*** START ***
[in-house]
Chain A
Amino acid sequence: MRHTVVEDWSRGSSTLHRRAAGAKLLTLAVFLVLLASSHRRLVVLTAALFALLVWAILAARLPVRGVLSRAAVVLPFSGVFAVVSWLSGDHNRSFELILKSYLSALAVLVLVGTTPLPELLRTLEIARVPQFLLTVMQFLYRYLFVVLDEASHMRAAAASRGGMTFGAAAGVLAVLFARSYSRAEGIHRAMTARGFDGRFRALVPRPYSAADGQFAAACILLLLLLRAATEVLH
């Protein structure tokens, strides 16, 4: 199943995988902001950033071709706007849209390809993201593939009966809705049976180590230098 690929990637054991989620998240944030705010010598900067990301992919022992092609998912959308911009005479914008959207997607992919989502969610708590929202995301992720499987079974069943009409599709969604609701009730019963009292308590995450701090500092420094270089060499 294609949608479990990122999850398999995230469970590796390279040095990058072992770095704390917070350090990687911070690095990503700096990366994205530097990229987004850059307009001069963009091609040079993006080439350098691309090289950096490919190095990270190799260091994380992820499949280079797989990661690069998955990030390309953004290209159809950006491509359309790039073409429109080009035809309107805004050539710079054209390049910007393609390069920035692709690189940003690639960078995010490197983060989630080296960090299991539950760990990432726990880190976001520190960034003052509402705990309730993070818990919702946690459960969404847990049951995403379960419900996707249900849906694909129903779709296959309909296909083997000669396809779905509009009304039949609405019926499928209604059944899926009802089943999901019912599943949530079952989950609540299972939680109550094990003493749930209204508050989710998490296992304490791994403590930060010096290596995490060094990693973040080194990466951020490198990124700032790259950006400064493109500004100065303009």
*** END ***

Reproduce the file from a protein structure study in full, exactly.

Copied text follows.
[in-house]
Chain A
Amino acid sequence: MRHTVVEDWSRGSSTLHRRAAGAKLLTLAVFLVLLASSHRRLVVLTAALFALLVWAILAARLPVRGVLSRAAVVLPFSGVFAVVSWLSGDHNRSFELILKSYLSALAVLVLVGTTPLPELLRTLEIARVPQFLLTVMQFLYRYLFVVLDEASHMRAAAASRGGMTFGAAAGVLAVLFARSYSRAEGIHRAMTARGFDGRFRALVPRPYSAADGQFAAACILLLLLLRAATEVLH
């Protein structure tokens, strides 16, 4: 199943995988902001950033071709706007849209390809993201593939009966809705049976180590230098 690929990637054991989620998240944030705010010598900067990301992919022992092609998912959308911009005479914008959207997607992919989502969610708590929202995301992720499987079974069943009409599709969604609701009730019963009292308590995450701090500092420094270089060499 294609949608479990990122999850398999995230469970590796390279040095990058072992770095704390917070350090990687911070690095990503700096990366994205530097990229987004850059307009001069963009091609040079993006080439350098691309090289950096490919190095990270190799260091994380992820499949280079797989990661690069998955990030390309953004290209159809950006491509359309790039073409429109080009035809309107805004050539710079054209390049910007393609390069920035692709690189940003690639960078995010490197983060989630080296960090299991539950760990990432726990880190976001520190960034003052509402705990309730993070818990919702946690459960969404847990049951995403379960419900996707249900849906694909129903779709296959309909296909083997000669396809779905509009009304039949609405019926499928209604059944899926009802089943999901019912599943949530079952989950609540299972939680109550094990003493749930209204508050989710998490296992304490791994403590930060010096290596995490060094990693973040080194990466951020490198990124700032790259950006400064493109500004100065303009």